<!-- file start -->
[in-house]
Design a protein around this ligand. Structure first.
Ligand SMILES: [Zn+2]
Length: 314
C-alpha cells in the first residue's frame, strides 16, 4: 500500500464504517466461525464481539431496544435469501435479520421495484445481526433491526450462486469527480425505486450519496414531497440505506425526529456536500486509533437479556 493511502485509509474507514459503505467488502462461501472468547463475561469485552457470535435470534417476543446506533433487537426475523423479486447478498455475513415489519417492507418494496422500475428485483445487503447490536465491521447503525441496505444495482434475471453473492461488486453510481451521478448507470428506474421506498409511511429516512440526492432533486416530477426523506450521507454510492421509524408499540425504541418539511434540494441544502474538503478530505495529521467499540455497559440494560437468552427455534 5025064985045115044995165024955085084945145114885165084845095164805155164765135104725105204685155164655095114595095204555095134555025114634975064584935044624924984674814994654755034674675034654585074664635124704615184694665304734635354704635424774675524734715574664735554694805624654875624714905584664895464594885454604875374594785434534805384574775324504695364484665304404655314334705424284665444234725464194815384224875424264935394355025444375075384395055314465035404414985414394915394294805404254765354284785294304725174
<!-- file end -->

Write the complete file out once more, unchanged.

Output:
[in-house]
Design a protein around this ligand. Structure first.
Ligand SMILES: [Zn+2]
Length: 314
C-alpha cells in the first residue's frame, strides 16, 4: 500500500464504517466461525464481539431496544435469501435479520421495484445481526433491526450462486469527480425505486450519496414531497440505506425526529456536500486509533437479556 493511502485509509474507514459503505467488502462461501472468547463475561469485552457470535435470534417476543446506533433487537426475523423479486447478498455475513415489519417492507418494496422500475428485483445487503447490536465491521447503525441496505444495482434475471453473492461488486453510481451521478448507470428506474421506498409511511429516512440526492432533486416530477426523506450521507454510492421509524408499540425504541418539511434540494441544502474538503478530505495529521467499540455497559440494560437468552427455534 5025064985045115044995165024955085084945145114885165084845095164805155164765135104725105204685155164655095114595095204555095134555025114634975064584935044624924984674814994654755034674675034654585074664635124704615184694665304734635354704635424774675524734715574664735554694805624654875624714905584664895464594885454604875374594785434534805384574775324504695364484665304404655314334705424284665444234725464194815384224875424264935394355025444375075384395055314465035404414985414394915394294805404254765354284785294304725174